Getting started with CSS Font Loading

I was in the mood to learn something new and so I decided to take a look at the CSS Font Loading API.

You may ask yourself why I chose CSS Font Loading. Well, because up until now I hadn’t taken the time and browser support is already pretty great. At least for me it’s good enough because I treat web fonts as an enhancement and I’m fine with older or less capable browsers serving system fonts.

Before I show you how it works, I want to really quickly review the state of web font loading and explain why we need something like CSS Font Loading. If you are not into reading (at the moment), here’s a CodePen for you.

Disclaimer: This article isn’t meant to be a deep dive into the API, but a quick start and a glance at some of the features.

The problem with @font-face

Before CSS Font Loading there was only one way for us to natively load and embed webfonts, the @font-face rule and the font-family property.

The good thing about @font-face is that fonts are loaded lazily, but the bad thing about @font-face is that fonts are loaded lazily.

Let me explain that: When you add a @font-face rule to your CSS in almost all browsers (IE8 is an exception) pretty much nothing happens [1]. Not until you declare this font somewhere in your CSS with font-family. That's good because fonts don't get downloaded needlessly if they aren't in use. What's bad about it is that we can't control what happens between the initial request and the font being rendered. We give it up to browsers completely and they behave quite differently [2]. This is where CSS Font Loading comes into play.

How CSS Font Loading works

The CSS Font Loading API gives us the ability to add fonts, track their download progress and handle lazy loading the way we want it. If you have used Bram Steins Font Face Observer before, this will be very familiar to you.

Defining and adding FontFaces
It’s pretty much like defining a @font-face rule. The first argument is the family, the second the source(s) and the third optional descriptors (style, weight, stretch, unicodeRange, variant, featureSettings).

var notoSansRegular = new FontFace('Noto Sans Regular', 'url(/fonts/NotoSans-Regular.woff2)', {
style: 'normal',
weight: '400'

If you want to use the FontFace, you have to add it to the so called FontFaceSet which is available as document.fonts[3].


Loading a FontFace
After defining and adding a font, you can load it whenever you want and/or need it.


Of course, you can define, add and load multiple FontFaces.

Tracking the status of the FontFace and the FontFaceSet
Declaring and adding FontFaces was easy. The fun part is tracking their status because this is where we can decide on the what, when and how.

[FontFace].status returns the current status (unloaded, loading, loaded or error);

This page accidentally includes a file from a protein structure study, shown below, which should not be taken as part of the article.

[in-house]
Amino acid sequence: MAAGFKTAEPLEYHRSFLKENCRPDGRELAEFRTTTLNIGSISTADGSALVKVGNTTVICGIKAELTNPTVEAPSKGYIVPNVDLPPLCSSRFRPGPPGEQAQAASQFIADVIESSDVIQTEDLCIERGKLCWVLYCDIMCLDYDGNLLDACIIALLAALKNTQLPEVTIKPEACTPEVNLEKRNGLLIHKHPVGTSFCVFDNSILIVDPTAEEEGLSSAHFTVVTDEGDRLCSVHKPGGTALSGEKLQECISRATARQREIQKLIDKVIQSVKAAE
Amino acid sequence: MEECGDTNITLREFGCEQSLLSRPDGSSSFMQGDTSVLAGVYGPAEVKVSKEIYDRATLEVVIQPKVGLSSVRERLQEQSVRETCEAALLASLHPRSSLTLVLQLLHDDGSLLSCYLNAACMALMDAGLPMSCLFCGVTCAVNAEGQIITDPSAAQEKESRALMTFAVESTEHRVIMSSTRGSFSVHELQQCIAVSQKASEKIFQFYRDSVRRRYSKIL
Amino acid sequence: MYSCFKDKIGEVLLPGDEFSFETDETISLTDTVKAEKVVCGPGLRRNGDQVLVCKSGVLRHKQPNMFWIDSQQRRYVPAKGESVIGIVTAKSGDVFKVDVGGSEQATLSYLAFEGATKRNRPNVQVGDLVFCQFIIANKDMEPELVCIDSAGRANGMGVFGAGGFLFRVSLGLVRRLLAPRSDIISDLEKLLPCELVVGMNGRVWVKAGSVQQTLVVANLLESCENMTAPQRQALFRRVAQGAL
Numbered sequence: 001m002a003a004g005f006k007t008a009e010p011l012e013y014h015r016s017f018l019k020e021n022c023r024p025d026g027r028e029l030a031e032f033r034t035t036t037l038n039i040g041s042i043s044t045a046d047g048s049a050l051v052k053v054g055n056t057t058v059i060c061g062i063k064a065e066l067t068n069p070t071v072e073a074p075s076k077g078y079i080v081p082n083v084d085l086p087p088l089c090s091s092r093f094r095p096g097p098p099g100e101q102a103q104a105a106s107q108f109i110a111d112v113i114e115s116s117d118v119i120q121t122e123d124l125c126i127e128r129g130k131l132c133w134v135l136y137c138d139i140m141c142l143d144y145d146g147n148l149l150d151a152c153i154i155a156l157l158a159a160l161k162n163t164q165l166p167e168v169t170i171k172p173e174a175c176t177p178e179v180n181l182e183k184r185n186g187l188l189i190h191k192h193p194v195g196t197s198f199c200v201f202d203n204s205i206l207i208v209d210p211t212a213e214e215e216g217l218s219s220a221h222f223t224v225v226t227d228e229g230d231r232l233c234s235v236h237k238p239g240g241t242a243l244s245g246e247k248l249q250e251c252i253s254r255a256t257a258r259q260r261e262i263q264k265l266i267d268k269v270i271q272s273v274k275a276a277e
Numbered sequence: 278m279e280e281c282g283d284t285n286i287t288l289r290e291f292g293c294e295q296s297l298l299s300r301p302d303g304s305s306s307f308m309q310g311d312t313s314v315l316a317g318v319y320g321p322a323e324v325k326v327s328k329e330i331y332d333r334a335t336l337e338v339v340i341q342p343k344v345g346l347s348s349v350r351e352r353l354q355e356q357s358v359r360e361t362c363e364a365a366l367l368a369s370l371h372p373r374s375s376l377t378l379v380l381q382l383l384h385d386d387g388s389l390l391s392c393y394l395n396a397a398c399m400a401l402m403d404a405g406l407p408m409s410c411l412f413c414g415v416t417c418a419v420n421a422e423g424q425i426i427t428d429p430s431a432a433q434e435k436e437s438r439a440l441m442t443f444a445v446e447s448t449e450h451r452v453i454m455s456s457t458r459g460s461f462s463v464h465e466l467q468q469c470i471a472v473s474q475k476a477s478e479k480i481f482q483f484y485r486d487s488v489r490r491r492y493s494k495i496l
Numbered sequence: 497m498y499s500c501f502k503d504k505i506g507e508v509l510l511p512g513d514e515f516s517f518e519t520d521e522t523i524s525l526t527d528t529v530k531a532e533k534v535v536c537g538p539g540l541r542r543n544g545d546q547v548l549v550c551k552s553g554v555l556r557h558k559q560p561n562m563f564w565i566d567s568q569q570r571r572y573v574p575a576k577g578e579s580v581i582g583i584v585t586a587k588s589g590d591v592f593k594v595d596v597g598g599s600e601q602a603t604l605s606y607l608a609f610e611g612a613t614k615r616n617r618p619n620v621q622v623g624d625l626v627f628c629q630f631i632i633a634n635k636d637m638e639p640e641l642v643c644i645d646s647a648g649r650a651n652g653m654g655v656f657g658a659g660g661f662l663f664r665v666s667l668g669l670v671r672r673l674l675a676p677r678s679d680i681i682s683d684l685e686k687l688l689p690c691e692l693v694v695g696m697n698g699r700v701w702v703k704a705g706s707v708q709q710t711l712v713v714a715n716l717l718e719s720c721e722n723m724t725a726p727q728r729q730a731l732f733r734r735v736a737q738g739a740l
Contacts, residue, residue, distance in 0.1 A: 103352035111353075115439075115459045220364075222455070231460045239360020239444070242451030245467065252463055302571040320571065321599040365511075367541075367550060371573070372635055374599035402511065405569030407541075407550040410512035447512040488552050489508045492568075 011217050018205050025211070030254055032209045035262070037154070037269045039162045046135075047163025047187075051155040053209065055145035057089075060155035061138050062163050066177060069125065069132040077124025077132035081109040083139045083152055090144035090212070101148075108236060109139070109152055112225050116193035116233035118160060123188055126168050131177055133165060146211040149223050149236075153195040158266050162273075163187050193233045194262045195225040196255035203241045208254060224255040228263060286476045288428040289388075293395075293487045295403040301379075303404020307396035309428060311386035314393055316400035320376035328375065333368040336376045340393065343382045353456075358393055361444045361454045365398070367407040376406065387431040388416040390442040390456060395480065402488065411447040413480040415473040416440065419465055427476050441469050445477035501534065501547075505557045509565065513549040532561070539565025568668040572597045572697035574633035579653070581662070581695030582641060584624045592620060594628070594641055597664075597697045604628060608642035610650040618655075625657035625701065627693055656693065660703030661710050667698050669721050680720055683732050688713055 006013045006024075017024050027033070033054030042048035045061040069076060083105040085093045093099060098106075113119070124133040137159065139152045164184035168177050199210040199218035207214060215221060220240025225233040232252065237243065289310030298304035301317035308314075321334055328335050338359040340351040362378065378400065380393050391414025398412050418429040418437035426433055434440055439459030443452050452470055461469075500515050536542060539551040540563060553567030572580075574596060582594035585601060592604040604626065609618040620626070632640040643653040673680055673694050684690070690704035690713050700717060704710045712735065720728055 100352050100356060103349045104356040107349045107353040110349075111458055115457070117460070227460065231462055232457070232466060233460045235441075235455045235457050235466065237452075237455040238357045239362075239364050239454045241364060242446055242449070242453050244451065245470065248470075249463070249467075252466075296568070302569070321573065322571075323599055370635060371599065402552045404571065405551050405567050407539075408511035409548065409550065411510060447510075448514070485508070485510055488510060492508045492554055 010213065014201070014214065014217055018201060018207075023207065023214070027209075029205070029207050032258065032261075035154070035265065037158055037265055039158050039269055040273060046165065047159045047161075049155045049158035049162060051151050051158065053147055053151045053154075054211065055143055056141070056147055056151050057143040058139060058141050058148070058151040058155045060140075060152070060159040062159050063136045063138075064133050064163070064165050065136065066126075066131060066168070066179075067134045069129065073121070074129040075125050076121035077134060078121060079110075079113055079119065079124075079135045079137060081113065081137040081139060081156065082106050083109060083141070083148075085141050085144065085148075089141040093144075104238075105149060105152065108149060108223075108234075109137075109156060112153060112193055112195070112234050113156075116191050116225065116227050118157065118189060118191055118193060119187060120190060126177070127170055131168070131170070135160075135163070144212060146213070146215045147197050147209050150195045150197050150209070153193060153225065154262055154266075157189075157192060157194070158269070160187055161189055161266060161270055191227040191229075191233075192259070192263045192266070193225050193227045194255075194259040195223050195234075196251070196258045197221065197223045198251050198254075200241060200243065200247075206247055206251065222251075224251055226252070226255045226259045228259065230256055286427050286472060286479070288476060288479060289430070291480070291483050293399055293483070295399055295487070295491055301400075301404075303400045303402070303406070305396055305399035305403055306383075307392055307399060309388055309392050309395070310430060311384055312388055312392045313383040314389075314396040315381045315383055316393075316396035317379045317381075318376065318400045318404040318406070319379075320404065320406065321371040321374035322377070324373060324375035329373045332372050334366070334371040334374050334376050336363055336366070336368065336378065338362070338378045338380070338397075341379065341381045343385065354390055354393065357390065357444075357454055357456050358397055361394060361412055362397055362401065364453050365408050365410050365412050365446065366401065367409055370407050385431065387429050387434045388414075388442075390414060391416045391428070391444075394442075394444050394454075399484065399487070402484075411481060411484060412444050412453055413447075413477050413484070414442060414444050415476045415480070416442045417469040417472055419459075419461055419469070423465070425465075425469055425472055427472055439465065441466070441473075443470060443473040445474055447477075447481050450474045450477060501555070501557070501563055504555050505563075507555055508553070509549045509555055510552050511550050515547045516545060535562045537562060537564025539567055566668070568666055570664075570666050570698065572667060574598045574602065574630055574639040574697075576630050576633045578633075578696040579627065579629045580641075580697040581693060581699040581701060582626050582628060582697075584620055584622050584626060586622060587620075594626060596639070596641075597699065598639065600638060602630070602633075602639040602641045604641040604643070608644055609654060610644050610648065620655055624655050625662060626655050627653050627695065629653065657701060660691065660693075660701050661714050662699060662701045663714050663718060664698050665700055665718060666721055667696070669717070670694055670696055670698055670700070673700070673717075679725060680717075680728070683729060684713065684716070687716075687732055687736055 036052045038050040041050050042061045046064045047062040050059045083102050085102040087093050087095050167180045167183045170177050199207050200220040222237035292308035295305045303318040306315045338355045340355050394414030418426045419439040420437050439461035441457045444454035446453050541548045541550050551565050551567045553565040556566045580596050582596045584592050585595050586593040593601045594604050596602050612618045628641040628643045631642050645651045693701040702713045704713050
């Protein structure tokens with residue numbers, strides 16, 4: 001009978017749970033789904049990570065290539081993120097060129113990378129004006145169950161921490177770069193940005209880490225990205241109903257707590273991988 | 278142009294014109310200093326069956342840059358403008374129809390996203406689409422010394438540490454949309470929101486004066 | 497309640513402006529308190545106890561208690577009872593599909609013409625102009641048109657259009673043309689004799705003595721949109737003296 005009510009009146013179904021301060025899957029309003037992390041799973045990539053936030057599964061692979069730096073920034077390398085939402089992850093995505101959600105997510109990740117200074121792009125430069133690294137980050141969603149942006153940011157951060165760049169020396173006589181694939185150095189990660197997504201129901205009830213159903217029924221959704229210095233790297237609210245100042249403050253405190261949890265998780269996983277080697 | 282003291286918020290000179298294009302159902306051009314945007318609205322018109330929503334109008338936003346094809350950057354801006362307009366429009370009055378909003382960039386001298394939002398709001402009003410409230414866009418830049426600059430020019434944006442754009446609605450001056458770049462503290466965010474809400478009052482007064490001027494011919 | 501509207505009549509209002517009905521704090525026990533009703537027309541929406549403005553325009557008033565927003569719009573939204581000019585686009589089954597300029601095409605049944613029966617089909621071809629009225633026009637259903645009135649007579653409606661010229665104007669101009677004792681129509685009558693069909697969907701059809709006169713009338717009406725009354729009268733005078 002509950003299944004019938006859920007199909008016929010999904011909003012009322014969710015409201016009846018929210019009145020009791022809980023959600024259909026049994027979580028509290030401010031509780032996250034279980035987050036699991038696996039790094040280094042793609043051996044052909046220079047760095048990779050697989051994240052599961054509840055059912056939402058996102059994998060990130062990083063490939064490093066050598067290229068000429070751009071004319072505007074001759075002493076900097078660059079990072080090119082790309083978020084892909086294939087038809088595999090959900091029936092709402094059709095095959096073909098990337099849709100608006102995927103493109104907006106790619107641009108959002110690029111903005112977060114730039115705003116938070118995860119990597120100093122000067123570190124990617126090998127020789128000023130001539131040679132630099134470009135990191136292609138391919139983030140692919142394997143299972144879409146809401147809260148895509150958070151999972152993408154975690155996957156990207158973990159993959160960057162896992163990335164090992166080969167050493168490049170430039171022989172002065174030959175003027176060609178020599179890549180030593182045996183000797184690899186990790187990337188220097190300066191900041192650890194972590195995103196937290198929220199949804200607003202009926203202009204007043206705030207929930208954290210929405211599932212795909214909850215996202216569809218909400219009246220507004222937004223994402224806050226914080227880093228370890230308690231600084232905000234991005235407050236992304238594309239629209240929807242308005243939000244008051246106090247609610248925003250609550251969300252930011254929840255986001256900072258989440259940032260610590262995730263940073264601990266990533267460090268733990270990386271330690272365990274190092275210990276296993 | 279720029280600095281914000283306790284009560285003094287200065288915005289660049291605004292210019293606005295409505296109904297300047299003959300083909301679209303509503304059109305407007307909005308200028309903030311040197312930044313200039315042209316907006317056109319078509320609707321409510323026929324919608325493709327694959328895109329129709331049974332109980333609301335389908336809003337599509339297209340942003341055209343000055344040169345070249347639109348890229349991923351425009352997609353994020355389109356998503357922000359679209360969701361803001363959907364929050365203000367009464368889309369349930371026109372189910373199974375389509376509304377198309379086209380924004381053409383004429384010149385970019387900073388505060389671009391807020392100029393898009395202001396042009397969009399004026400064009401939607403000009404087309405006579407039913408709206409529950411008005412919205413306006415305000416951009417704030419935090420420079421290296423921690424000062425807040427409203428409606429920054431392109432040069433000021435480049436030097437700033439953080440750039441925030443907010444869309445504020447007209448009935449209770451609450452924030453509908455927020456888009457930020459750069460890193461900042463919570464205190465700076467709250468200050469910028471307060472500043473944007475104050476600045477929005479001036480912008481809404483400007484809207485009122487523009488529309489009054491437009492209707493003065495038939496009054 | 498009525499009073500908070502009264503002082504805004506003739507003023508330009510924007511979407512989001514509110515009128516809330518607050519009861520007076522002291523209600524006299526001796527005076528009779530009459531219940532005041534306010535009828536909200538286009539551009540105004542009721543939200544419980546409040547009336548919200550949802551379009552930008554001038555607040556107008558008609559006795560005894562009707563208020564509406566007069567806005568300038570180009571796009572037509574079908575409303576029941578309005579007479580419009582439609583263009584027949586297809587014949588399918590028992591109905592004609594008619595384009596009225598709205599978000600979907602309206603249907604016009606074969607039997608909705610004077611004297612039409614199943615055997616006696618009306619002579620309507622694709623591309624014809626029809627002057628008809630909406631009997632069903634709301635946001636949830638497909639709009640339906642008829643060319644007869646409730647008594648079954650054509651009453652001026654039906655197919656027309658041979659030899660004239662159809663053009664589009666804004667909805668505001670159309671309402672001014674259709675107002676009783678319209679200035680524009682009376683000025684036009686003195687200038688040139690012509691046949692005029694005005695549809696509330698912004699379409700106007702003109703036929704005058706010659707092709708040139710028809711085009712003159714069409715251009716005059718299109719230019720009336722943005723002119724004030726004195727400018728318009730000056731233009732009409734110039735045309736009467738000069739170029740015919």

As soon as the font is loaded and ready, the loaded Promise resolves.

notoSansRegular.loaded.then((fontFace) => {
// This is where you can declare a new font-family, because the font is now loaded and ready.'Current status', fontFace.status);
console.log(, 'loaded successfully.');
// Throw an error if loading wasn't successful
}, (fontFace) => {
console.error('Current status', notoSansRegular.status);

loaded will only tell us when a single given font is loaded and ready, but we might want to be informed when all fonts are ready, if there are multiple. The earlier mentioned FontFaceSet has the ready attribute, which contains a Promise that resolves when the document is done loading all fonts.

document.fonts.ready.then((fontFaceSet) => {
console.log(document.fonts.size, 'FontFaces loaded.');

Easy cheesy, right? As soon as the fonts are ready, you can apply the font-family via JavaScript or add a class, that does that for you, or do whatever you want. You can see all of that in action in this CodePen. Of course, there are more things you can do with the API, but in most cases you'll be fine with loading fonts and knowing when they are ready.

Browser support and closing thoughts
Browsers that don’t understand this technique will see a fallback system font and we are not necessarily talking about Arial or Times here, there are way more of them than you might think there are.

If you don’t ride the progressive enhancement train and the current browser support isn’t enough for you, please consider using Bram Steins Font Face Observer.

It’s great to have a native way of controlling font loading, but it still doesn’t feel quite right, because I believe that this should also be possible with CSS. And it will be, but I’m afraid that we’ll have to wait quite a while until the font-display property is ready.

Further reading, sources and resources